The Los Angeles City Council voted Wednesday to provide a $254,646 subsidy for a private bus company to start a commuter service between Encino and downtown Los Angeles.
The Encino Park-and-Ride is due to start in October from a lot in the Sepulveda Flood Control Basin. It is an experiment to see if the private sector can provide bus service cheaper and more efficiently than the publicly operated Southern California Rapid Transit District, according to a report sent to the council by the city Department of Transportation.
Fares collected will be used to reduce the subsidy.
This is the first time the city has used taxpayer funds to subsidize privately operated commuter buses for service similar to that offered by the RTD, city officials said.
The city previously has provided funds for neighborhood transportation such as the Foothill dial-a-ride service in the northeast San Fernando Valley and the Valtrans van programs, which serve elderly and handicapped riders. But none of these subsidies went for services traditionally provided by the RTD.
Under the contract awarded by the council, Van Nuys-based Laidlaw Transit Inc. will make three bus trips during both the morning and evening rush hours between the lot at the southeast corner of Hayvenhurst Avenue and Magnolia Boulevard and downtown. A fare has yet to be established.
The $254,646 will pay the full cost of the service. If the bus company can provide the service for less, it can pocket the difference, said Donald Howery, general manager of the Department of Transportation.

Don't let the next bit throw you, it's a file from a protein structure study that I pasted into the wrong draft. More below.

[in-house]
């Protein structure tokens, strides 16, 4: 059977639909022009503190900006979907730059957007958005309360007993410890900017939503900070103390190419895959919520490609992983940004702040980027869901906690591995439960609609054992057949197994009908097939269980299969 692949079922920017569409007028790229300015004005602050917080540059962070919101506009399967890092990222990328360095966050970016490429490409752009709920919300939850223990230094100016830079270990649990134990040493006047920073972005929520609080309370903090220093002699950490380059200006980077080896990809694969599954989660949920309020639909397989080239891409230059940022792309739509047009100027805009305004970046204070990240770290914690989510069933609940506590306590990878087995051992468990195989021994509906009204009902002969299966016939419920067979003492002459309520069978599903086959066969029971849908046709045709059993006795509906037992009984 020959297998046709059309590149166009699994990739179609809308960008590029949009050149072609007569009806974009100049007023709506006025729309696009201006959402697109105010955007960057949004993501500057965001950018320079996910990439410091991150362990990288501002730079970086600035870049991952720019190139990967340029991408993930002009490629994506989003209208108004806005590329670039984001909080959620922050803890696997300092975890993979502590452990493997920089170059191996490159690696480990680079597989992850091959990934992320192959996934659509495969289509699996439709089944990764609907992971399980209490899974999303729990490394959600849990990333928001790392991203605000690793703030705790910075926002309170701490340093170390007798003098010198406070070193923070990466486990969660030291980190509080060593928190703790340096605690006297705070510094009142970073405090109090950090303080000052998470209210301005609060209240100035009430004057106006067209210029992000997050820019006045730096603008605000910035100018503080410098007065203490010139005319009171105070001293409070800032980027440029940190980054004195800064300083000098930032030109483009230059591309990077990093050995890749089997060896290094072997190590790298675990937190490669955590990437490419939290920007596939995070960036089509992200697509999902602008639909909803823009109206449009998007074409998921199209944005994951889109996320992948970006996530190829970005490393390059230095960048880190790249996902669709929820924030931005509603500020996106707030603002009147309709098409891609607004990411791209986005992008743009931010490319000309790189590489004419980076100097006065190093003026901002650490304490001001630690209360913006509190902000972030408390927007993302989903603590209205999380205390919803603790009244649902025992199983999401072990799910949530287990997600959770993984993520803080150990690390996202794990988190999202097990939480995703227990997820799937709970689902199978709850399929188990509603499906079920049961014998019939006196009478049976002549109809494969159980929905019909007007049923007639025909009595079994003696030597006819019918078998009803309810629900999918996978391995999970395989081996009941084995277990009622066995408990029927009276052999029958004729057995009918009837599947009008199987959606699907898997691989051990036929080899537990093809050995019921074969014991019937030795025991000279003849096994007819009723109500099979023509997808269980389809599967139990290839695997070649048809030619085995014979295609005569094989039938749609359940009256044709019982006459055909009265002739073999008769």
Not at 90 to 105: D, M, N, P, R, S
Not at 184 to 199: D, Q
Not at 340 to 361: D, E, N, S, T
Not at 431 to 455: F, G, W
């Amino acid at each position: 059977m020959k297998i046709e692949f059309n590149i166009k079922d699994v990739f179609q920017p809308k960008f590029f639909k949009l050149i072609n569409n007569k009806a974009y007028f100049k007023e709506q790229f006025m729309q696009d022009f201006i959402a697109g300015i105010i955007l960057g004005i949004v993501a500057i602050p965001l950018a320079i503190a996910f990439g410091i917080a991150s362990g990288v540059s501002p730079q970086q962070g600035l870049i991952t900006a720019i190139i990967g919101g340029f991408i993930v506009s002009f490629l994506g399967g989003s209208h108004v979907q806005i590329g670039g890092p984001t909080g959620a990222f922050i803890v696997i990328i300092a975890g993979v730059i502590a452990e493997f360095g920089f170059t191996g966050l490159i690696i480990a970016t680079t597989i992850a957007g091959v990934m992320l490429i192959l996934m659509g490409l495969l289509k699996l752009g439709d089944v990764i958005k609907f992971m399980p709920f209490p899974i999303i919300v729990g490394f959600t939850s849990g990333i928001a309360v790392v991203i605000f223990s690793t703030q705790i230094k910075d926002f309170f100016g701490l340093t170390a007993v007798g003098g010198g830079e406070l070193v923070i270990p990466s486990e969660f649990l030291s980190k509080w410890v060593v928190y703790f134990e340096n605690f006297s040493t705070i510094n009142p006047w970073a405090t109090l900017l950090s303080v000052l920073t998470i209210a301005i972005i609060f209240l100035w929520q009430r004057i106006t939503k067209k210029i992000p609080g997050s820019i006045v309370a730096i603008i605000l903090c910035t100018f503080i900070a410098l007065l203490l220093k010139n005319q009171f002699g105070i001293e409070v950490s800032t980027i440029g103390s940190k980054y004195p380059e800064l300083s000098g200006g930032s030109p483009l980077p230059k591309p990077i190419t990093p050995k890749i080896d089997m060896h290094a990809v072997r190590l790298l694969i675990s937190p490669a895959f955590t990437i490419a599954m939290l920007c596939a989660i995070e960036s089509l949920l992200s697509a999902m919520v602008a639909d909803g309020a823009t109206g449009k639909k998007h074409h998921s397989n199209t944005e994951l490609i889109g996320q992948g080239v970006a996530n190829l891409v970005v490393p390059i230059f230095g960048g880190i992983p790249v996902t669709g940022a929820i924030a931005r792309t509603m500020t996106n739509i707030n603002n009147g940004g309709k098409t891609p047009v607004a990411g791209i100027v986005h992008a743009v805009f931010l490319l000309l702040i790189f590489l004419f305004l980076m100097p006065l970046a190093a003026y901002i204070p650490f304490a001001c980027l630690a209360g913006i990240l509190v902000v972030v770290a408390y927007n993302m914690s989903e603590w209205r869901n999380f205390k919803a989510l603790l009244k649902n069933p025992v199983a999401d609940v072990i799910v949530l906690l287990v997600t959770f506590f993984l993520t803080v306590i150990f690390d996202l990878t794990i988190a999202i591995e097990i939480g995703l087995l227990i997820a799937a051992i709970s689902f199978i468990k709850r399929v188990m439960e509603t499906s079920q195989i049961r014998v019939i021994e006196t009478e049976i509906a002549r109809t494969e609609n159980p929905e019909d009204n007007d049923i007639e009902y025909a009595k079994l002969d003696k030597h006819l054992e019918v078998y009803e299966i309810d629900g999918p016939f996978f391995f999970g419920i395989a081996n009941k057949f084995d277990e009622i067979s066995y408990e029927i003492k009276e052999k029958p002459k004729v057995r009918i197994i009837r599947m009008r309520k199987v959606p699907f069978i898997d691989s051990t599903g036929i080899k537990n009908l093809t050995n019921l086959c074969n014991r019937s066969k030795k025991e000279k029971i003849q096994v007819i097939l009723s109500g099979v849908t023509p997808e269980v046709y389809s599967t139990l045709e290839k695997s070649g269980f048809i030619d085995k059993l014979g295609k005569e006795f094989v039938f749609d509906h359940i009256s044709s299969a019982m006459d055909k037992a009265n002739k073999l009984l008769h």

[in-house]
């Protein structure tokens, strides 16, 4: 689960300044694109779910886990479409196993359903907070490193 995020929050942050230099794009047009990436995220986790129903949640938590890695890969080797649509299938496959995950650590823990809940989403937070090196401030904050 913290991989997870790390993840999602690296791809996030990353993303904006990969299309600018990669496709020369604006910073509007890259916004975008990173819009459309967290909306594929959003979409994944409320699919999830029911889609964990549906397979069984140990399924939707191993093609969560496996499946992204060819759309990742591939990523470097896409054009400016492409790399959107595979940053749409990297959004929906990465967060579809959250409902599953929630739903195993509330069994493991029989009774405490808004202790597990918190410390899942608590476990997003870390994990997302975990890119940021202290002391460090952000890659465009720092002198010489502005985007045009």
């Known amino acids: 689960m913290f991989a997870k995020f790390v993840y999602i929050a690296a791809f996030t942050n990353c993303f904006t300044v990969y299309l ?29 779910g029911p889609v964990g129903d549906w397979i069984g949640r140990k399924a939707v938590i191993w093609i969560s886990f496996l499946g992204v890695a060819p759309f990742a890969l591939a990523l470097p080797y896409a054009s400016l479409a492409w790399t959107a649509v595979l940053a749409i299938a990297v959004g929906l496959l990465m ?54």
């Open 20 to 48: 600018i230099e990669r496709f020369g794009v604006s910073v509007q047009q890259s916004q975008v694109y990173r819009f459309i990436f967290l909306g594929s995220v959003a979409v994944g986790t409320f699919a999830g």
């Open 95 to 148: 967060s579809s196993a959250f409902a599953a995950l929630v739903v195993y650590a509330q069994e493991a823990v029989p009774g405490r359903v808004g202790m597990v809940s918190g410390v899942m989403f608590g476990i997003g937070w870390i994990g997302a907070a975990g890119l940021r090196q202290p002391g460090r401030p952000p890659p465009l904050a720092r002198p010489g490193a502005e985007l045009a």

A company official refused to say how much the company expects to make.
Laidlaw submitted the second lowest of six bids, ranging from $160,000 to $480,000, to provide the service. The lowest bid was rejected because the firm submitting it had "old, broken-down" buses, a Department of Transportation official said.
Howery said he believes it would cost the RTD about $380,000 to provide the same service. He said the principle reason for RTD's higher cost is the salaries of union bus drivers.
RTD spokesman Marc Littman said that, if the RTD's costs are higher than private contractors, it is because it provides additional services, such as a customer information center.
The bulk of the funds to pay for the service will come from a half-cent sales tax increase approved as Proposition A by Los Angeles County voters in 1980 to finance rapid-transit projects.